The positive gloss put on the Green Paper obscures the threat it poses to the rights of disabled children. While the document paves the way for an increase in the number of such children in mainstream schools, it threatens to remove children's legal right to the provision they need.
Uniquely in English law, disabled children are legally entitled to have their needs identified, met and regularly reviewed, with no regard to a local education authority's spending plans. No child is entitled to the best - no local education authority is able to use its resources profligately. But when LEAs fail to follow the law, parents can take action.
The Green Paper promises to increase access to mainstream education. But it fails to make an equal commitment to the fundamental legal principle that children with special educational needs are entitled to have their needs met, whatever kind of school they attend.
While the document and Education Secretary David Blunkett describe the law as "red tape" or "bureaucracy" - a troublesome irritant that one day won't be necessary, for many thousands of families these "bureaucratic procedures" are in reality the guarantees offered in law to their disabled children.
Even with the law in place, it is hard enough for such families to get the provision their children need. Organisations such as the Independent Panel for Special Education Advice (IPSEA) receive thousands of calls a year from desperate parents whose disabled children are being denied the provision they need and to which they are entitled. Without the guarantee of law, what will such parents do?
The Green Paper promises more "named people" who can support parents. But without legal backing, such promises ring hollow. Especially worrying is the proposal to cut the number of children with statements.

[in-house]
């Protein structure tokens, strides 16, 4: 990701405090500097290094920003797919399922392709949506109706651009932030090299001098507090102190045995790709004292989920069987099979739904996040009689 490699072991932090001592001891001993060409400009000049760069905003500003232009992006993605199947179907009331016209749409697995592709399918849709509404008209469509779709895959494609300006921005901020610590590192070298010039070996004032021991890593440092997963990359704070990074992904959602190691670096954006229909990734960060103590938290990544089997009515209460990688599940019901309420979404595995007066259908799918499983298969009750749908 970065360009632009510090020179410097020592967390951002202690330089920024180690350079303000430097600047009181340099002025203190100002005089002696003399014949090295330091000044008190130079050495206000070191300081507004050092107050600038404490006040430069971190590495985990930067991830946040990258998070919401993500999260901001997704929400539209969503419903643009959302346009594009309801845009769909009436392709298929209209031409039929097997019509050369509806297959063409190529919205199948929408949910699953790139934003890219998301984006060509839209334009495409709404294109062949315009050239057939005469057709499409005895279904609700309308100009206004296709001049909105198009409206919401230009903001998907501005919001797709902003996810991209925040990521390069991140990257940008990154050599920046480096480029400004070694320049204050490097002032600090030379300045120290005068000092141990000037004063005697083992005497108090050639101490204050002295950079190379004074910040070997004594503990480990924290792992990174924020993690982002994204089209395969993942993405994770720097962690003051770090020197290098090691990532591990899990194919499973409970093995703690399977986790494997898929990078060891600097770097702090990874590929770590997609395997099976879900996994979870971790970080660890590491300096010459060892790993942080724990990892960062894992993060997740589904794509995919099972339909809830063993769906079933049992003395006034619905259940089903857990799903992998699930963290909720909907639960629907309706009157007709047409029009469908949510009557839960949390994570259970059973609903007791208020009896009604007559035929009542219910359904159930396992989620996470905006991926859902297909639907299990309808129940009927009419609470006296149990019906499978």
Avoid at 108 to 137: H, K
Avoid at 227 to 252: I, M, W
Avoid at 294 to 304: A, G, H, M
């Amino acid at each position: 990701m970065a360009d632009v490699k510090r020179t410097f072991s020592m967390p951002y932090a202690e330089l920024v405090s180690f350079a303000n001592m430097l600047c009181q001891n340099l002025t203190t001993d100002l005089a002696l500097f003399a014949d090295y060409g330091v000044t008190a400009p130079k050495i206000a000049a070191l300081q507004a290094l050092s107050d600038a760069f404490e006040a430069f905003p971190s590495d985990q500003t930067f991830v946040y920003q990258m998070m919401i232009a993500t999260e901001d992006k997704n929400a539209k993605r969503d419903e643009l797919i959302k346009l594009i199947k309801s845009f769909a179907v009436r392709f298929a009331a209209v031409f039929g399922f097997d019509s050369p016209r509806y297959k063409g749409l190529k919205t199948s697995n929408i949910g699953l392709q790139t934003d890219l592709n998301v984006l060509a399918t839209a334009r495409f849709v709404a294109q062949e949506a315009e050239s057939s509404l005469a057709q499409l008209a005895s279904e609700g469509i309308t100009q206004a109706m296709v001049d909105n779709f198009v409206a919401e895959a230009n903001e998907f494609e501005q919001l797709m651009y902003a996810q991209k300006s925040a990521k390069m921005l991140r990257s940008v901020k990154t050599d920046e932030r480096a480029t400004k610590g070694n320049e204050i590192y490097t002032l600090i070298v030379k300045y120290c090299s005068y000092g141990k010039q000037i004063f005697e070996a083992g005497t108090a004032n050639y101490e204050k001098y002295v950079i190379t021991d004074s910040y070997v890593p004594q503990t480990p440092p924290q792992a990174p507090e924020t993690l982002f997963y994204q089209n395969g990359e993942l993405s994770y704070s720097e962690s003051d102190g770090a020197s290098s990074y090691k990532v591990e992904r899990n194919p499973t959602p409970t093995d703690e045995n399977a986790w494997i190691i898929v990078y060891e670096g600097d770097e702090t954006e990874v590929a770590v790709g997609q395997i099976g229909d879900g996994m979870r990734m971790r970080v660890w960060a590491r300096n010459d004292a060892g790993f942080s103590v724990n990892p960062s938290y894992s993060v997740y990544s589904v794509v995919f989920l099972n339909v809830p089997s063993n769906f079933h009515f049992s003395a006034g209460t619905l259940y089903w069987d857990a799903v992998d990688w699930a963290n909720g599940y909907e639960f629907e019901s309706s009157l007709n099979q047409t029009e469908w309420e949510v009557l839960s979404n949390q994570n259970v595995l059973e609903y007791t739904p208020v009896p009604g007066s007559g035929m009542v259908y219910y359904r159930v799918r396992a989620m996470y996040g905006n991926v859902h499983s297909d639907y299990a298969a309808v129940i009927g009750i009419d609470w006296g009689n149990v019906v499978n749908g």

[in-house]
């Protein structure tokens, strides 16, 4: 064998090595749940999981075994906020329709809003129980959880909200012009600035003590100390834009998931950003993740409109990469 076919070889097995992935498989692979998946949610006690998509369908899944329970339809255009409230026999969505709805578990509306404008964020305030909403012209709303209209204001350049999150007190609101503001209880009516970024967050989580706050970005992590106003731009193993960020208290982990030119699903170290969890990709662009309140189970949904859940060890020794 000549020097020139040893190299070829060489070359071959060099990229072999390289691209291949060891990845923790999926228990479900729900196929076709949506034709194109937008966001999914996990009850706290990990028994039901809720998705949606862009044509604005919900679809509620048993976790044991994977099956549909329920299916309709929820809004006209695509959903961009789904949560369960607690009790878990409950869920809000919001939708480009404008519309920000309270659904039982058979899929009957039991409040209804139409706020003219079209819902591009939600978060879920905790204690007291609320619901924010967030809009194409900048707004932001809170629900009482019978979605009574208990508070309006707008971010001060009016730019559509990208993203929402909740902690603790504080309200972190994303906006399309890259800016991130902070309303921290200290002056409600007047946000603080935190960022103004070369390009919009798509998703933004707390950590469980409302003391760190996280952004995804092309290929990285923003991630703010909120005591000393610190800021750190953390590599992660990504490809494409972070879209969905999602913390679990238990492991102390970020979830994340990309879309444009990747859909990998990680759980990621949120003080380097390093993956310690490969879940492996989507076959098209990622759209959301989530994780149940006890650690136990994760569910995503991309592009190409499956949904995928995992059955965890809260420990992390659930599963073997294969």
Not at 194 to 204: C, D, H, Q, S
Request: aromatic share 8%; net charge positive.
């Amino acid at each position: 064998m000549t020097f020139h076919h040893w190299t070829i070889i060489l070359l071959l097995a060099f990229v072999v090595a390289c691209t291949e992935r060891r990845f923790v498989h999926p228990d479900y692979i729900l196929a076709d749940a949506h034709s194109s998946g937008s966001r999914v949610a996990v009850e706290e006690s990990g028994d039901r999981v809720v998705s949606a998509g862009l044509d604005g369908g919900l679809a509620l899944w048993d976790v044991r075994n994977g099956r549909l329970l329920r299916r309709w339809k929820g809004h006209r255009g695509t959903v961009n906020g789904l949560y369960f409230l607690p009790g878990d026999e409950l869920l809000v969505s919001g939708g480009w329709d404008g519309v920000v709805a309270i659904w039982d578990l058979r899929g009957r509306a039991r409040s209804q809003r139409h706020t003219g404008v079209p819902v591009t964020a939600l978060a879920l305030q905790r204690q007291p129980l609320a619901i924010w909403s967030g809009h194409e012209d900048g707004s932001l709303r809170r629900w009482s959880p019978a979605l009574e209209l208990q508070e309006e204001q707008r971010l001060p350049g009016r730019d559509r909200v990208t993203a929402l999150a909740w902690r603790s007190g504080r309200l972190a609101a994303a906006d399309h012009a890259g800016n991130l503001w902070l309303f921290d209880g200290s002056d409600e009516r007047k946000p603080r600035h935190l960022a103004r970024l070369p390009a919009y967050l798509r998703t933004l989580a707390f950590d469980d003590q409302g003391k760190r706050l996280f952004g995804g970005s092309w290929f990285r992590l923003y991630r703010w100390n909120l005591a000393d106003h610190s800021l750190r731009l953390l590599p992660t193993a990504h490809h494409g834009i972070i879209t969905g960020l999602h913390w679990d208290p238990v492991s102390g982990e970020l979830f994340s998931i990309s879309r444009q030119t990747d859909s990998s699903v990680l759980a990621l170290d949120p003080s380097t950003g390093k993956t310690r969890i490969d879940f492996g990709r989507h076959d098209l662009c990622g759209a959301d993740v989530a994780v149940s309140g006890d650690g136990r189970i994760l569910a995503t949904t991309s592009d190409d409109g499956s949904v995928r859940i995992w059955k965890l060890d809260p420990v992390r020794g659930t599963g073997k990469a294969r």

This is a crude attempt to save money at the expense of large numbers of needy children. As many as 20,000 children a year could lose their legal entitlement to the services that allow them to access the basic education that is the right of every other child.
There are further proposals that the contents of some statements should become more vague (in the words of the Green Paper, "less detailed in some respects") and for the annual review process to be weakened.
Mr Blunkett says proper provision will come to disabled children by way of goodwill from schools and LEAs. The experience of most parents is that it is the force of law - not goodwill - which protects the most vulnerable children. The calls to IPSEA's advice line show that "goodwill" cannot replace legal entitlement.
Local education authorities will welcome the Green Paper as it promises to weaken their statutory duties and increase their scope for discretion. Since 1981 they have been complaining to central government about the costs of their statutory responsibilities. Since the introduction of the Special Educational Needs Tribunal in 1994, the voices of complaint from LEAs have grown louder. Finally, it seems, they have been heard.
It is now up to parents of children with special needs and the organisations that represent them to ensure their voices are also heard. Many parents wrote to Mr Blunkett to express their concern at their exclusion from the advisory group which helped create the Green Paper. Almost three-quarters of that group were LEA employees. Parents of disabled children, or the organisations that support them, were conspicuously absent.
IPSEA urges parents of children with special educational needs, and their allie,s to see their MPs and press them to seek assurance from the Government that the rights of disabled children will neither be removed nor weakened. Some voluntary organisations have already reacted strongly to the Green Paper's threat to the rights of disabled children and have indicated that they will join IPSEA in communicating their concerns directly to the Education Secretary.
If the number of special needs children in mainstream schools is to rise , they and their teachers will need guaranteed provision. LEA discretion has never been a friend to disabled children, as thousands of parents know to their cost.
We currently have a law that protects the interests of this very small number of vulnerable children - we should make sure we hold on to it.
IPSEA can be contacted on 01628 664536 or at Office B, Brightwell Grange, Britwell Road, Burnham, Buckinghamshire SL1 8DF